Background: Lifestyle interventions that encourage increasing physical activity (PA) and losing weight are critical for overweight and obese youth with comorbid conditions. Assessing PA within such lifestyle intervention efforts requires measurement tool(s) that are both accurate and appropriate for these youth. This research compares PA levels and sedentary behavior in an ethnically diverse cohort of overweight/obese youth with type 2 diabetes using both accelerometry and a questionnaire previously validated in the general youth population.
Methods: Spearman's correlations were used to compare time spent sedentary and in different PA intensities between a questionnaire, the three-day PA recall (3DPAR), and an objective PA measure, the ActiGraph accelerometer, in 236 overweight/obese youth with diabetes.
Results: Spearman correlations between 3DPAR and accelerometer results for total PA were small and not significant (rho = 0.11, p > 0.05 for males and females). Correlations for specific PA intensities (moderate/vigorous and light) were also small and not significant. Sedentary time between instruments was significant, but weakly correlated in females (rho = 0.19, p < 0.05), but not in males (rho = 0.07, p = 0.48).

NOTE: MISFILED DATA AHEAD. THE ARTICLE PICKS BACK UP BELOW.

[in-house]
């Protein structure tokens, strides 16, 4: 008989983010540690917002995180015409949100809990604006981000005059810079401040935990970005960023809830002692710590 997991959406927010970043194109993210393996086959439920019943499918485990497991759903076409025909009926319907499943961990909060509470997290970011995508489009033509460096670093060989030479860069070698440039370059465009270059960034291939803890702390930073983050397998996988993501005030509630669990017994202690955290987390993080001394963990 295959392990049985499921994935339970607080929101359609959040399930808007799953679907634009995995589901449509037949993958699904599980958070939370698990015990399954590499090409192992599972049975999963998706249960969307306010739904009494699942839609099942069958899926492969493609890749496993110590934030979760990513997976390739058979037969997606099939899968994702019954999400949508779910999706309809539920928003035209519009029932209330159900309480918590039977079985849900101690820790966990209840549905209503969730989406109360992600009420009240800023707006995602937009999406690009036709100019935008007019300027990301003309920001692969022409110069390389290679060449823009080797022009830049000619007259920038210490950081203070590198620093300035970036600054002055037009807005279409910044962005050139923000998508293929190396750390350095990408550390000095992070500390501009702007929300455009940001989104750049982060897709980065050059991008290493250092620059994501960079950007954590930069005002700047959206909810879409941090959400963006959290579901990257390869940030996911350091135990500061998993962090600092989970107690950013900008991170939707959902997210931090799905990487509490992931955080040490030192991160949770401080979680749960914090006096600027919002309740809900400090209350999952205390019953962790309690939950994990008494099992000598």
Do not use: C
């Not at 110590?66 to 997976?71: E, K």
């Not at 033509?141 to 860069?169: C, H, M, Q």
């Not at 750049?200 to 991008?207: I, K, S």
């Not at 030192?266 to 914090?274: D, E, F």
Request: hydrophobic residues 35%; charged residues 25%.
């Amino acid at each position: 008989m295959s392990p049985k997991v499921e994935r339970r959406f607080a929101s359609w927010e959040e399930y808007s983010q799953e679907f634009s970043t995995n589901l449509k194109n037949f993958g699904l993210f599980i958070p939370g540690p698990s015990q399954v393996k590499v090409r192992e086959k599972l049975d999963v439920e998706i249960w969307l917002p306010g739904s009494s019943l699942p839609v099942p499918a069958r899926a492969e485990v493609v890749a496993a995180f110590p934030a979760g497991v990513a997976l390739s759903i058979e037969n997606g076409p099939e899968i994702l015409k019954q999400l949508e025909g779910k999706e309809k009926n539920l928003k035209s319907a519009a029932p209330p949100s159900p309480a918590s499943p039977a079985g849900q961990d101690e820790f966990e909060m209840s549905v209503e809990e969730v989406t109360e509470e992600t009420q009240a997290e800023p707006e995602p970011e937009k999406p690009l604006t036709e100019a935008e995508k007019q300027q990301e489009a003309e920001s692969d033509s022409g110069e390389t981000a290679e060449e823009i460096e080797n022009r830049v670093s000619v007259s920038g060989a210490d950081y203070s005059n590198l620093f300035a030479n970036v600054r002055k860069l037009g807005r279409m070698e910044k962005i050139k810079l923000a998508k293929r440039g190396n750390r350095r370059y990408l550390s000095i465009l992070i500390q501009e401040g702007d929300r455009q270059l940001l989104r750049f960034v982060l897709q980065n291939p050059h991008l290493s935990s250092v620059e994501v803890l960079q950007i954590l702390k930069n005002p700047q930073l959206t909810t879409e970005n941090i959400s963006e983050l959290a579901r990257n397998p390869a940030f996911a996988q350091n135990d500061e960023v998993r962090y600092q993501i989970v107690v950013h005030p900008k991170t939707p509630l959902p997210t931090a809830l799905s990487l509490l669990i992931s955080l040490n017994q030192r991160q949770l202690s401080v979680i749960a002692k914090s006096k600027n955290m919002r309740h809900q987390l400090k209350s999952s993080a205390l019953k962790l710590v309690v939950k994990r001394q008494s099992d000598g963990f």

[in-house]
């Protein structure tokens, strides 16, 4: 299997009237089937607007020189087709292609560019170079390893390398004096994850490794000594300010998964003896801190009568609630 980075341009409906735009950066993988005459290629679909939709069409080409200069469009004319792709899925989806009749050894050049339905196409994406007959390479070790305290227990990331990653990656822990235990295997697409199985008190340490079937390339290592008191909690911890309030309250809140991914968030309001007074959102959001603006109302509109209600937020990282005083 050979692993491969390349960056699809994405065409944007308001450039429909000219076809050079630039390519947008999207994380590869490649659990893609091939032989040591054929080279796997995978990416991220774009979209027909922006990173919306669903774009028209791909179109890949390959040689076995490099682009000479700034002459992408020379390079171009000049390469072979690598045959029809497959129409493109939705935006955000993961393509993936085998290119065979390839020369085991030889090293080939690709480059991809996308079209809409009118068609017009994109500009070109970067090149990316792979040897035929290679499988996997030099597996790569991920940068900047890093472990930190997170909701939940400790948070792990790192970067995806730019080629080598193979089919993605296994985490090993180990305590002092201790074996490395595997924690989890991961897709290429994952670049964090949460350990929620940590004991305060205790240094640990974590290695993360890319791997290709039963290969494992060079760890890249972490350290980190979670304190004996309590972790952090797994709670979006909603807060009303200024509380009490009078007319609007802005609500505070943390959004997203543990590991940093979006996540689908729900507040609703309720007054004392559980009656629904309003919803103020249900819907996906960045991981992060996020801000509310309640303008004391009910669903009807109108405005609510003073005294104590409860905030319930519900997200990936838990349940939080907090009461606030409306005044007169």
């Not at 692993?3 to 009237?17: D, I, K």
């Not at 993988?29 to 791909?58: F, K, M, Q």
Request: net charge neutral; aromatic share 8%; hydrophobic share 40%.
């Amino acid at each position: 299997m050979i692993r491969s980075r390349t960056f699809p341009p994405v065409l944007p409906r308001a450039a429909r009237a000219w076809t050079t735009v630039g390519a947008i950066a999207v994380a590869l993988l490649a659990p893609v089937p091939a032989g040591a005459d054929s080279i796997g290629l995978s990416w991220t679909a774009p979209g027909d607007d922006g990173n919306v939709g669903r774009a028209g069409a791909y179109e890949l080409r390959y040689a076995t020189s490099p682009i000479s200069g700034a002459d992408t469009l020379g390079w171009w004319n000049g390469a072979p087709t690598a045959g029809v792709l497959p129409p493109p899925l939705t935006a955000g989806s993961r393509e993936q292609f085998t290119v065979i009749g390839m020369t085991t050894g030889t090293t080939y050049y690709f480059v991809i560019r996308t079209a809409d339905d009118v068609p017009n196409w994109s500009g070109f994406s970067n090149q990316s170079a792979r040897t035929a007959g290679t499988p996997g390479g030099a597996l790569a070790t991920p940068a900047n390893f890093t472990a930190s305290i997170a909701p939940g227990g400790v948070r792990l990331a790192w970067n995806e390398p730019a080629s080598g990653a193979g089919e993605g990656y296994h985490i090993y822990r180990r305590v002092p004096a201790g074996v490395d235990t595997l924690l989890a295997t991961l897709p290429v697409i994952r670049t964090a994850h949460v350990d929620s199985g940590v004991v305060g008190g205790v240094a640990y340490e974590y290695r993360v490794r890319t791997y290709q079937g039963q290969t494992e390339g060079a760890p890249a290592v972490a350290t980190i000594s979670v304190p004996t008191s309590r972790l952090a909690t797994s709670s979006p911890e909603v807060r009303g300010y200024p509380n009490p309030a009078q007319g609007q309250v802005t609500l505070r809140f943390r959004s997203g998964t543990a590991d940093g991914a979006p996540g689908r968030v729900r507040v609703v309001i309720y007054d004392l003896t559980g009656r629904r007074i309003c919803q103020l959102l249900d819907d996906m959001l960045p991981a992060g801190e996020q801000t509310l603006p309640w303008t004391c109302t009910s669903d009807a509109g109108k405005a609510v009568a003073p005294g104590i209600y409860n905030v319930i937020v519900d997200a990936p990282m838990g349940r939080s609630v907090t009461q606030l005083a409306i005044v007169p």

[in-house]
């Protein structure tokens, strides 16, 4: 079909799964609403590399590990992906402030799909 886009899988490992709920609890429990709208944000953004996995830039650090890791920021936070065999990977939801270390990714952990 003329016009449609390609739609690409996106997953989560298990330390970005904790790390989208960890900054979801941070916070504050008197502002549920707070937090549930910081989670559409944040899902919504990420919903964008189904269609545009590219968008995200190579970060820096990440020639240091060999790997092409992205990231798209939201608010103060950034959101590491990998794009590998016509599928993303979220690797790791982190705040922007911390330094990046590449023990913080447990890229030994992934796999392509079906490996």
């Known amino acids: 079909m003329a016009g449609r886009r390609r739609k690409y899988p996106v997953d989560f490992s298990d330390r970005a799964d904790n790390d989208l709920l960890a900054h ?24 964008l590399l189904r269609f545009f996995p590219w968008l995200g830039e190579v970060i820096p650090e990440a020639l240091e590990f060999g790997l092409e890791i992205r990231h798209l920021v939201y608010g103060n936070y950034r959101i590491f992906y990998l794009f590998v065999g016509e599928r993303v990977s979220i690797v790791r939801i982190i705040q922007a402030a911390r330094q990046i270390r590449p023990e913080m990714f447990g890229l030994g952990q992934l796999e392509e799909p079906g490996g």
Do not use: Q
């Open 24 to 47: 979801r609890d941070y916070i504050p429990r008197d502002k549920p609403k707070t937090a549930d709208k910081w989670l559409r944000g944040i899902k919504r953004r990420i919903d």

Conclusions: Subjective PA measures validated in the general youth population may not be the best method for differentiating levels of movement in overweight/obese youth with type 2 diabetes, who spend most of their time in light-intensity activity and sedentary pursuits with little or no time spent in moderate/vigorous-intensity activities. Objective measures such as accelerometers that can capture the lower end of the movement scale are likely the more appropriate measures under these conditions.